You want to clear out a DBM file.
Open the database and assign
() to it. Use
dbmopen(%HASH, $FILENAME, 0666) or die "Can't open FILENAME: $!\n"; %HASH = (); dbmclose %HASH;
use DB_File; tie(%HASH, "DB_File", $FILENAME) or die "Can't open FILENAME: $!\n"; %HASH = (); untie %HASH;
Alternatively, delete the file and reopen with create mode:
unlink $FILENAME or die "Couldn't unlink $FILENAME to empty the database: $!\n"; dbmopen(%HASH, $FILENAME, 0666) or die "Couldn't create $FILENAME database: $!\n";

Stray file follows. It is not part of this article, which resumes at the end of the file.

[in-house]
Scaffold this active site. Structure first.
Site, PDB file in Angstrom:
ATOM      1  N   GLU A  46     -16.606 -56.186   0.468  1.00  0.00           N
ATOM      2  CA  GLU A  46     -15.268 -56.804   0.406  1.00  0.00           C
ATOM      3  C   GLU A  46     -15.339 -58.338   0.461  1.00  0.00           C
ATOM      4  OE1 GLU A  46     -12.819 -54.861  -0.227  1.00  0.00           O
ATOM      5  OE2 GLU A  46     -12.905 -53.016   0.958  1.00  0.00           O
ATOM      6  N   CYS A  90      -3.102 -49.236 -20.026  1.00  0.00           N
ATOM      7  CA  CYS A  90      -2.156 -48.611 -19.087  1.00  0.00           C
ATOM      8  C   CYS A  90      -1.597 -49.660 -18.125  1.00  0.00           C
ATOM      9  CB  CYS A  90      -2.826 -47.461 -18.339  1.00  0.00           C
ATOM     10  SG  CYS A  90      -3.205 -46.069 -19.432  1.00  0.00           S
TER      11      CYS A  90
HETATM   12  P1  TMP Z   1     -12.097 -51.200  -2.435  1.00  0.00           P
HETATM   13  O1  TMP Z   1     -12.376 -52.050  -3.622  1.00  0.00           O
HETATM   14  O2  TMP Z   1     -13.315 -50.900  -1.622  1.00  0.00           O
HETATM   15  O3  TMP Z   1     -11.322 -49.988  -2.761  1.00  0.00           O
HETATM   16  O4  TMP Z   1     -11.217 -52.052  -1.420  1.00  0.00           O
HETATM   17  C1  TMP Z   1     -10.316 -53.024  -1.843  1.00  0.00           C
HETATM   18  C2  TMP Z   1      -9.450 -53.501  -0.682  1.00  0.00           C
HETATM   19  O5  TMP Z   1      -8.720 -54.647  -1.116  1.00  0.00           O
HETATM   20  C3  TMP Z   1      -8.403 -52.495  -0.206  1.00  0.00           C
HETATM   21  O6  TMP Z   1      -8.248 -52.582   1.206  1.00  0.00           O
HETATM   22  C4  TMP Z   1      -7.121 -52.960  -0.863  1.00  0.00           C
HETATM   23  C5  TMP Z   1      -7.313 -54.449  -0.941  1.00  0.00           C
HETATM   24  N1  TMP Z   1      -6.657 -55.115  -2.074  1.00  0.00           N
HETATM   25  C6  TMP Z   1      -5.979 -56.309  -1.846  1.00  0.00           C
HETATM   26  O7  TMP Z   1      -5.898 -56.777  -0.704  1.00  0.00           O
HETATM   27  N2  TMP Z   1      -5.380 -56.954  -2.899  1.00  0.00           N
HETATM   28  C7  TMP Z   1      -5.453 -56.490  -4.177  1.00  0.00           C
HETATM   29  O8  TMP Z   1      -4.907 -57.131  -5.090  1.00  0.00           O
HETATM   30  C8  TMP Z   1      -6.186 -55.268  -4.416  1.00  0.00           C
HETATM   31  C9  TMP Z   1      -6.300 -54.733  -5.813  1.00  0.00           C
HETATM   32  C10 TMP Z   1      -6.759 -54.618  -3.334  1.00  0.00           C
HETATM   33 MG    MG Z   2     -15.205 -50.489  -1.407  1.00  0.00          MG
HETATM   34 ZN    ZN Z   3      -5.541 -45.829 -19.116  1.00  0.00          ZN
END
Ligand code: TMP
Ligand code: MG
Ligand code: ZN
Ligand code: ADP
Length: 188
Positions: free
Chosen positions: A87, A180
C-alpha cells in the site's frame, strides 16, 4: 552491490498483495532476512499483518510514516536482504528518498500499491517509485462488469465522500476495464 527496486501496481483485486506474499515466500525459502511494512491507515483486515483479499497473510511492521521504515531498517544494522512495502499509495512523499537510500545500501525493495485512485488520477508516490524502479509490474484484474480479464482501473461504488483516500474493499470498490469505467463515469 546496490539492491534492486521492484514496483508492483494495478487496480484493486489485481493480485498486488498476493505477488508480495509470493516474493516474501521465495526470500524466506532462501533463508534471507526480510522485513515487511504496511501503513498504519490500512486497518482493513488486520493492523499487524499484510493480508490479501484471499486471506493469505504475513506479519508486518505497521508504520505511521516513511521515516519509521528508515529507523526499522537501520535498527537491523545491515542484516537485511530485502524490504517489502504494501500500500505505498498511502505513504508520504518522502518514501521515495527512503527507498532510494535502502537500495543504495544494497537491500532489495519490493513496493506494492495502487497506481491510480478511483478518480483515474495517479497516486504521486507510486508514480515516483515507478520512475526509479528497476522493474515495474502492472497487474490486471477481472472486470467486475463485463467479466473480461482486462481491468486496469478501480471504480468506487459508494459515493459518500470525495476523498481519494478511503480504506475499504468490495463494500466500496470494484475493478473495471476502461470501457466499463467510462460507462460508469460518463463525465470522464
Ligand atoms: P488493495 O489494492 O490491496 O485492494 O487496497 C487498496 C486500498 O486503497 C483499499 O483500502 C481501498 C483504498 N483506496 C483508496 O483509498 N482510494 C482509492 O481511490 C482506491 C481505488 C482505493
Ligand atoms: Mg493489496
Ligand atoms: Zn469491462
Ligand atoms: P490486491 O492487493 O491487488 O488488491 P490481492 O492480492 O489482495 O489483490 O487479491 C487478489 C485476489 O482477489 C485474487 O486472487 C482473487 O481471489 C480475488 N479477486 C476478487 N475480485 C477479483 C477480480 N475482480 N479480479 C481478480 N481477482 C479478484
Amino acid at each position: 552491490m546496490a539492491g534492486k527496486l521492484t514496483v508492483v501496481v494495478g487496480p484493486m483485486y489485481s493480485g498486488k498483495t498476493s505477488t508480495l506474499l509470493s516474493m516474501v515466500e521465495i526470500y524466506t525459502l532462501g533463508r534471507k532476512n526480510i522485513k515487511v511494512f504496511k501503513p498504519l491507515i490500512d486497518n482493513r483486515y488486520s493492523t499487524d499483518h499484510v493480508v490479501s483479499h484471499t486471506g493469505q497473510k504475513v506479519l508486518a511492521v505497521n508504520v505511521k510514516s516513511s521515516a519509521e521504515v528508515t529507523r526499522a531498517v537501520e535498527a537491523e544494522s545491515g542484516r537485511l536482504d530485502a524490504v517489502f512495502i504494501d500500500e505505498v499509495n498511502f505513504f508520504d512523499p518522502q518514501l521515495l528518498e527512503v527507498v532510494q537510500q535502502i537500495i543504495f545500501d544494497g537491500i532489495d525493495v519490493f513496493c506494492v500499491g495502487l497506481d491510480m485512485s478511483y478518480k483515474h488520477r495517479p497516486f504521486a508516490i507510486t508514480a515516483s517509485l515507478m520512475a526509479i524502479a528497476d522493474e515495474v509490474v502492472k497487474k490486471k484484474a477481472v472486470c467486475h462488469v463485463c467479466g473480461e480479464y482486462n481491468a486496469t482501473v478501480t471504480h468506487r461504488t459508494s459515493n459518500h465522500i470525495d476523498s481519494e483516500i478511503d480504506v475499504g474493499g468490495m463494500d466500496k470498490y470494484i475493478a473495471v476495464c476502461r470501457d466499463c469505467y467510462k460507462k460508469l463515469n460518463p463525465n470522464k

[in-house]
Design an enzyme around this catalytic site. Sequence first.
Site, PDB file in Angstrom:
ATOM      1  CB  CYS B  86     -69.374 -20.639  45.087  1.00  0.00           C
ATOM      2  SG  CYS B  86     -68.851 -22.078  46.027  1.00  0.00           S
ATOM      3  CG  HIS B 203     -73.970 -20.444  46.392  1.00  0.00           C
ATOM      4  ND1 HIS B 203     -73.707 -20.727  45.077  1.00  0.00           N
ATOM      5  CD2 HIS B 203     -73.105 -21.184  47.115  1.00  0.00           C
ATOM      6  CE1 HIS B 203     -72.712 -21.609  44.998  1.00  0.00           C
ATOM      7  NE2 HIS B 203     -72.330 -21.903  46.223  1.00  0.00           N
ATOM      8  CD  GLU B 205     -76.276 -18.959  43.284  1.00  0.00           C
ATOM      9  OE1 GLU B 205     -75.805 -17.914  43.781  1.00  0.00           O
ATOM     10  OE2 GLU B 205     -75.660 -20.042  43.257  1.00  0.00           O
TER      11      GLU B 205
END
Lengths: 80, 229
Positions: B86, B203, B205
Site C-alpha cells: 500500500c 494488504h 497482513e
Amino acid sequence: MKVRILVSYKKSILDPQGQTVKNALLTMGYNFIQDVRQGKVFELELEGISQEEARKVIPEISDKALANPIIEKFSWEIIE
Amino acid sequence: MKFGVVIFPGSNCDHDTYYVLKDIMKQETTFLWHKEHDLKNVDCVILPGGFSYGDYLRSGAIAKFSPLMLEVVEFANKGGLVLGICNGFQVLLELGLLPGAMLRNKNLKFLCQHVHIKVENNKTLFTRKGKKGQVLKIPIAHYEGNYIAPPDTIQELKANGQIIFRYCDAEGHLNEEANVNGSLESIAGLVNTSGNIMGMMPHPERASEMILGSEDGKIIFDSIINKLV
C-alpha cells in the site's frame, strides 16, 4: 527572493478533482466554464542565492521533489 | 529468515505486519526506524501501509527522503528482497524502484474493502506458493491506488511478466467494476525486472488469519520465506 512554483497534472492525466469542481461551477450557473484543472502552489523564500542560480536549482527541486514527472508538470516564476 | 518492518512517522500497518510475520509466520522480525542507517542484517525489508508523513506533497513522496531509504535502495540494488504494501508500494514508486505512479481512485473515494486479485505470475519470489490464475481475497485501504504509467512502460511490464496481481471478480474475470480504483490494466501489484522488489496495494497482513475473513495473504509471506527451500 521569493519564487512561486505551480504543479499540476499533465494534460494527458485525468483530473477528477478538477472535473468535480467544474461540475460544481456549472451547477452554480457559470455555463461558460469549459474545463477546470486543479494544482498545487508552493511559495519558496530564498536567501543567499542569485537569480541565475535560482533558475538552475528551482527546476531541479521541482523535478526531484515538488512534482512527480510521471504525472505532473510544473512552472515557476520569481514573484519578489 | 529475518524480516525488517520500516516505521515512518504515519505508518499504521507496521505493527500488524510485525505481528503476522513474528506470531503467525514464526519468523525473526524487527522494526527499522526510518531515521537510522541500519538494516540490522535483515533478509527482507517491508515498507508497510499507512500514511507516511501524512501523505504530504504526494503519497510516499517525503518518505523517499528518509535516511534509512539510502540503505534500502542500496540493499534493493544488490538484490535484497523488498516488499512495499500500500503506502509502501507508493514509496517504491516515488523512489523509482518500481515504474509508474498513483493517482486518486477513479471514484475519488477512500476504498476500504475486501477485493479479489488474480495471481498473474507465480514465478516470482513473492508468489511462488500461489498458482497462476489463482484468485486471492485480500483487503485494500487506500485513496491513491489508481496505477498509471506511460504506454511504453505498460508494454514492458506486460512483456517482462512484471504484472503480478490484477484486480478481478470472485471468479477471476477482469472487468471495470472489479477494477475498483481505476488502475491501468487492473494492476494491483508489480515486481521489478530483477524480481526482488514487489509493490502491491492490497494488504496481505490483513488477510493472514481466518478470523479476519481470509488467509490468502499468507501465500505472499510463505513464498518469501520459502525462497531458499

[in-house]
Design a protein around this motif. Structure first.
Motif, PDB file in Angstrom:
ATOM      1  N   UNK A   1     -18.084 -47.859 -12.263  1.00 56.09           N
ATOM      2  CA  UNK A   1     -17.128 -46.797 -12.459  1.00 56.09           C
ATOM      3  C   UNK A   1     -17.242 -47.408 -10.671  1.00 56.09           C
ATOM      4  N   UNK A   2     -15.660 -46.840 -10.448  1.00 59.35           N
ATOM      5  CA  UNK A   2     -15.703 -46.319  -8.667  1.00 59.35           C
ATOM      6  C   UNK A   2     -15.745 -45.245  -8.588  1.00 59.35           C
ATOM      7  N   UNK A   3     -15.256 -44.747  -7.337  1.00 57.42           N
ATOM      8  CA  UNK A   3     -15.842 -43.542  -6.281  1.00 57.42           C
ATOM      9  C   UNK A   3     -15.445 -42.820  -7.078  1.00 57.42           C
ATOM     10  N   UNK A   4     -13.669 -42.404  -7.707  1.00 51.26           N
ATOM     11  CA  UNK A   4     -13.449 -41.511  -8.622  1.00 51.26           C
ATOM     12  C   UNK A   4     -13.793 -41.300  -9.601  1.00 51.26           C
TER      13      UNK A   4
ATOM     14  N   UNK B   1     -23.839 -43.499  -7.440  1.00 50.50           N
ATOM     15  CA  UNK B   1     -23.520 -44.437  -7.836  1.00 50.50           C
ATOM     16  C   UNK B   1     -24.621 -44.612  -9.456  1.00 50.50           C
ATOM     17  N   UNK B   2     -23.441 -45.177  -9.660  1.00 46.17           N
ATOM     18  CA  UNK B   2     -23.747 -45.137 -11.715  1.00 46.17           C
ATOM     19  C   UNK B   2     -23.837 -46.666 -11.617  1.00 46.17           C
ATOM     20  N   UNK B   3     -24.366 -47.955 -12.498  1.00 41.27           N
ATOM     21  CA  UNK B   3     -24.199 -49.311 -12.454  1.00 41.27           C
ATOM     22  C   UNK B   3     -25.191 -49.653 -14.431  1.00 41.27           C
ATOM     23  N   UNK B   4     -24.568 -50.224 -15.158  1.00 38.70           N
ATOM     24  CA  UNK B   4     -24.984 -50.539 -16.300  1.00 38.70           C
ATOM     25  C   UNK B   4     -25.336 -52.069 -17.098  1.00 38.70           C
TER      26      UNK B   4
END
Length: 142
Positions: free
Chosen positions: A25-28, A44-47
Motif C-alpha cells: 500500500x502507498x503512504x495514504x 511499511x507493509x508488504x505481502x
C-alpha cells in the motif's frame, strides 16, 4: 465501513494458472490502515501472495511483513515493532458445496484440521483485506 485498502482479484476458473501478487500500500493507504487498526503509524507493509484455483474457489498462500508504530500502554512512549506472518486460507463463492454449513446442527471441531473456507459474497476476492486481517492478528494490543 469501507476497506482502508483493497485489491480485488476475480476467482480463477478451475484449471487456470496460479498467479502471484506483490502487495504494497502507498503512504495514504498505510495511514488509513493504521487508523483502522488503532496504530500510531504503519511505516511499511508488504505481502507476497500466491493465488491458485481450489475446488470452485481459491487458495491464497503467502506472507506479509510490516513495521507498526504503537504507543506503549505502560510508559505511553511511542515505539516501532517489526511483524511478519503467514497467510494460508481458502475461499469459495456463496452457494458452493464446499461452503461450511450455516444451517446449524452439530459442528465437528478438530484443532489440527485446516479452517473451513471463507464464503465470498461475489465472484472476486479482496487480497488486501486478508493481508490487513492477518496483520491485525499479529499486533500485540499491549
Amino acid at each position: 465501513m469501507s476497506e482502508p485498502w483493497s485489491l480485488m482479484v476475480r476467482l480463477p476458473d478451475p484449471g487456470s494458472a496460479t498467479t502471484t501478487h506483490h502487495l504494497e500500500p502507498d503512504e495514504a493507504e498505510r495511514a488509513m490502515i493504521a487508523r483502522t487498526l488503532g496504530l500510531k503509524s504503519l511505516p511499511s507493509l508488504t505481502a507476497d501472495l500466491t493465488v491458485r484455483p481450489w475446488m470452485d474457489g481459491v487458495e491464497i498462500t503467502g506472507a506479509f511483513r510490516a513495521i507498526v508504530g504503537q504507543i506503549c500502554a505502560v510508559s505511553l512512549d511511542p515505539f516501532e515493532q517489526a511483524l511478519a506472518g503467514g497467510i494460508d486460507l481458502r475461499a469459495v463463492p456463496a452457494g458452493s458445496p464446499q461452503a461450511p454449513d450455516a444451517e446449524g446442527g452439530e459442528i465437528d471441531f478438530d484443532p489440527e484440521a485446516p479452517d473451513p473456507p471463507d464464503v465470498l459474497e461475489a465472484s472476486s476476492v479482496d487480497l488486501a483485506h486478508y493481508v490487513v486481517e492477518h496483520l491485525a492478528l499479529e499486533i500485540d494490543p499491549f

It may be quicker to delete the file and create a new one than to reset it, but doing so opens you up to a race condition that trips up a careless program or makes it vulnerable to an attacker. The attacker could make a link pointing to the file /etc/precious with the same name as your file between the time when you deleted the file and when you recreated it. When the DBM library opens the file, it clobbers /etc/precious.
If you delete a DB_File database and recreate it, you’ll lose any customizable settings like page size, fill-factor, and so on. This is another good reason to assign the empty list to the tied hash.
The documentation for the standard DB_File module, also in Chapter 7
of Programming Perl; the
unlink function in
(1); Section 14.1